Dose-response effects of light at night on the reproductive physiology of great tits (Parus major): integrating morphological analyses with candidate gene expression

Dominoni, D. M., de Jong, M., Bellingham, M. , O'Shaughnessy, P. , van Oers, K., Robinson, J. , Smith, B., Visser, M. E. and Helm, B. (2018) Dose-response effects of light at night on the reproductive physiology of great tits (Parus major): integrating morphological analyses with candidate gene expression. Journal of Experimental Zoology Part A: Ecological Genetics and Physiology, 329(8-9), pp. 473-487. (doi:10.1002/jez.2214) (PMID:30058288) (PMCID:PMC6220976)

Dominoni, D. M., de Jong, M., Bellingham, M. , O'Shaughnessy, P. , van Oers, K., Robinson, J. , Smith, B., Visser, M. E. and Helm, B. (2018) Dose-response effects of light at night on the reproductive physiology of great tits (Parus major): integrating morphological analyses with candidate gene expression. Journal of Experimental Zoology Part A: Ecological Genetics and Physiology, 329(8-9), pp. 473-487. (doi:10.1002/jez.2214) (PMID:30058288) (PMCID:PMC6220976)

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Abstract

Artificial light at night (ALAN) is increasingly recognized as a potential threat to wildlife and ecosystem health. Among the ecological effects of ALAN, changes in reproductive timing are frequently reported, but the mechanisms underlying this relationship are still poorly understood. Here, we experimentally investigated these mechanisms by assessing dose‐dependent photoperiodic responses to ALAN in the great tit (Parus major). We individually exposed photosensitive male birds to one of three nocturnal light levels (0.5, 1.5, and 5 lux), or to a dark control. Subsequent histological and molecular analyses on their testes indicated a dose‐dependent reproductive response to ALAN. Specifically, different stages of gonadal growth were activated after exposure to different levels of light at night. mRNA transcript levels of genes linked to the development of germ cells (stra8 and spo11) were increased under 0.5 lux compared to the dark control. The 0.5 and 1.5 lux groups showed slight increases in testis size and transcript levels associated with steroid synthesis (lhr and hsd3b1) and spermatogenesis (fshr, wt1, sox9, and cldn11), although spermatogenesis was not detected in histological analysis. In contrast, all birds under 5 lux had 10 to 30 times larger testes than birds in all other groups, with a parallel strong increase in mRNA transcript levels and clear signs of spermatogenesis. Across treatments, the volume of the testes was generally a good predictor of testicular transcript levels. Overall, our findings indicate that even small changes in nocturnal light intensity can increase, or decrease, effects on the reproductive physiology of wild organisms.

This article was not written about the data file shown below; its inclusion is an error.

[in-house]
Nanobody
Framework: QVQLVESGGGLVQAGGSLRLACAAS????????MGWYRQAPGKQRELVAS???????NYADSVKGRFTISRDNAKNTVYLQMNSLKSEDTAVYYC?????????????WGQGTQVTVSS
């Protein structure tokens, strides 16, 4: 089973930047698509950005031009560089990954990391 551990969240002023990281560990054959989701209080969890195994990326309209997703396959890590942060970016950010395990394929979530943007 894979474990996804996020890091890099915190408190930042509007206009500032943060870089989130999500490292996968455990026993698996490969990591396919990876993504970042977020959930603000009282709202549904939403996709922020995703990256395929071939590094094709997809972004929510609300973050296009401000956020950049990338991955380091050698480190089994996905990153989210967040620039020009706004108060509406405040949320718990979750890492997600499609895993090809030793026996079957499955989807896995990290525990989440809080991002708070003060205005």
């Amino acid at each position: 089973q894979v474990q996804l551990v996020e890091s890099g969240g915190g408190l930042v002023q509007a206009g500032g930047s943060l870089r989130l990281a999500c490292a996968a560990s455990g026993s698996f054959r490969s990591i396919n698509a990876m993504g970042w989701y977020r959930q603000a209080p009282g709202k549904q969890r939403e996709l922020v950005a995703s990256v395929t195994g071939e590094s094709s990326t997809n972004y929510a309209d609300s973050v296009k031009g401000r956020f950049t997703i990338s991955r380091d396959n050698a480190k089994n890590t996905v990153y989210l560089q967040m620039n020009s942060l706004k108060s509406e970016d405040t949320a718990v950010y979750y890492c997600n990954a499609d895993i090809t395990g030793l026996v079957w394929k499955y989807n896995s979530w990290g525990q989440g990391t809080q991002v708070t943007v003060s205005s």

Item Type:Articles
Status:Published
Refereed:Yes
Glasgow Author(s) Enlighten ID:Robinson, Dr Jane and Bellingham, Dr Michelle and Dominoni, Dr Davide and O'Shaughnessy, Professor Peter and Helm, Dr Barbara and Smith, Miss Bethany
Authors: Dominoni, D. M., de Jong, M., Bellingham, M., O'Shaughnessy, P., van Oers, K., Robinson, J., Smith, B., Visser, M. E., and Helm, B.
College/School:College of Medical Veterinary and Life Sciences > Institute of Biodiversity Animal Health and Comparative Medicine
Journal Name:Journal of Experimental Zoology Part A: Ecological Genetics and Physiology
Publisher:Wiley
ISSN:1932-5223
ISSN (Online):1932-5231
Published Online:29 July 2018
Copyright Holders:Copyright © 2018 The Authors
First Published:First published in Journal of Experimental Zoology Part A: Ecological Genetics and Physiology 329(8-9): 473-487
Publisher Policy:Reproduced under a Creative Commons License

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